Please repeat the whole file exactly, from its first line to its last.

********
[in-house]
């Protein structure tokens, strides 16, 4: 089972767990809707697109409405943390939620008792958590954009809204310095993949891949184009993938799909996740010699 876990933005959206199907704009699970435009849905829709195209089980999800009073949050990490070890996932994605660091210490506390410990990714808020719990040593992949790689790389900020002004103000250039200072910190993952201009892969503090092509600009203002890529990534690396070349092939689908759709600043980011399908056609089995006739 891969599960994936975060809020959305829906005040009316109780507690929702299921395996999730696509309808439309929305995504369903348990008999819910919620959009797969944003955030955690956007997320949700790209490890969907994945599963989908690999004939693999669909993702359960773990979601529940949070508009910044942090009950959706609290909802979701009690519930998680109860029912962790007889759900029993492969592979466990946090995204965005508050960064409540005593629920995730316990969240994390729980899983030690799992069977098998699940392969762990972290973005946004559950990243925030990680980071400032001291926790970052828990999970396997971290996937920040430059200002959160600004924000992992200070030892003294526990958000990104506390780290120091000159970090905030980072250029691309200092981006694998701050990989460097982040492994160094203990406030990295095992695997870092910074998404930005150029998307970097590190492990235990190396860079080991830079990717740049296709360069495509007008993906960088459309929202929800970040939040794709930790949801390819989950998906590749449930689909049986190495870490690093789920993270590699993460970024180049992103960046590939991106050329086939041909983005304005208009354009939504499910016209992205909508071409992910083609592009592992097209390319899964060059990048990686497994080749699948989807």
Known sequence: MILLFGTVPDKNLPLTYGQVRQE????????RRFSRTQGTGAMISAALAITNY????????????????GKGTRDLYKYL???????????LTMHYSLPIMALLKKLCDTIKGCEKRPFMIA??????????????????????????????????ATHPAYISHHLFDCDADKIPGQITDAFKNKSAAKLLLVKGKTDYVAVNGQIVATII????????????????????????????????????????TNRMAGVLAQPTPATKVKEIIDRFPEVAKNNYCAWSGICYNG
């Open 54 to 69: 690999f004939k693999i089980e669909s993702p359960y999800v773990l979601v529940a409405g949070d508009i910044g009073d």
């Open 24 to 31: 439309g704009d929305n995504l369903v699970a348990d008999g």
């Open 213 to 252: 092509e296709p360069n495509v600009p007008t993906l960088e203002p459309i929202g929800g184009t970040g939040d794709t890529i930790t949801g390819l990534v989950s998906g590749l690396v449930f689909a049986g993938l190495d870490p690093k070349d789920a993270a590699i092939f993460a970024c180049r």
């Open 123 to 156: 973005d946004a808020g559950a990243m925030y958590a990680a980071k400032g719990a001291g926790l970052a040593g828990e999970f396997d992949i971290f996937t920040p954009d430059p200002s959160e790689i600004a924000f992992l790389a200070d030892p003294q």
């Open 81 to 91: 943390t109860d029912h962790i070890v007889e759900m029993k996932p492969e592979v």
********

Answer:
[in-house]
């Protein structure tokens, strides 16, 4: 089972767990809707697109409405943390939620008792958590954009809204310095993949891949184009993938799909996740010699 876990933005959206199907704009699970435009849905829709195209089980999800009073949050990490070890996932994605660091210490506390410990990714808020719990040593992949790689790389900020002004103000250039200072910190993952201009892969503090092509600009203002890529990534690396070349092939689908759709600043980011399908056609089995006739 891969599960994936975060809020959305829906005040009316109780507690929702299921395996999730696509309808439309929305995504369903348990008999819910919620959009797969944003955030955690956007997320949700790209490890969907994945599963989908690999004939693999669909993702359960773990979601529940949070508009910044942090009950959706609290909802979701009690519930998680109860029912962790007889759900029993492969592979466990946090995204965005508050960064409540005593629920995730316990969240994390729980899983030690799992069977098998699940392969762990972290973005946004559950990243925030990680980071400032001291926790970052828990999970396997971290996937920040430059200002959160600004924000992992200070030892003294526990958000990104506390780290120091000159970090905030980072250029691309200092981006694998701050990989460097982040492994160094203990406030990295095992695997870092910074998404930005150029998307970097590190492990235990190396860079080991830079990717740049296709360069495509007008993906960088459309929202929800970040939040794709930790949801390819989950998906590749449930689909049986190495870490690093789920993270590699993460970024180049992103960046590939991106050329086939041909983005304005208009354009939504499910016209992205909508071409992910083609592009592992097209390319899964060059990048990686497994080749699948989807």
Known sequence: MILLFGTVPDKNLPLTYGQVRQE????????RRFSRTQGTGAMISAALAITNY????????????????GKGTRDLYKYL???????????LTMHYSLPIMALLKKLCDTIKGCEKRPFMIA??????????????????????????????????ATHPAYISHHLFDCDADKIPGQITDAFKNKSAAKLLLVKGKTDYVAVNGQIVATII????????????????????????????????????????TNRMAGVLAQPTPATKVKEIIDRFPEVAKNNYCAWSGICYNG
């Open 54 to 69: 690999f004939k693999i089980e669909s993702p359960y999800v773990l979601v529940a409405g949070d508009i910044g009073d």
């Open 24 to 31: 439309g704009d929305n995504l369903v699970a348990d008999g």
């Open 213 to 252: 092509e296709p360069n495509v600009p007008t993906l960088e203002p459309i929202g929800g184009t970040g939040d794709t890529i930790t949801g390819l990534v989950s998906g590749l690396v449930f689909a049986g993938l190495d870490p690093k070349d789920a993270a590699i092939f993460a970024c180049r």
């Open 123 to 156: 973005d946004a808020g559950a990243m925030y958590a990680a980071k400032g719990a001291g926790l970052a040593g828990e999970f396997d992949i971290f996937t920040p954009d430059p200002s959160e790689i600004a924000f992992l790389a200070d030892p003294q």
């Open 81 to 91: 943390t109860d029912h962790i070890v007889e759900m029993k996932p492969e592979v």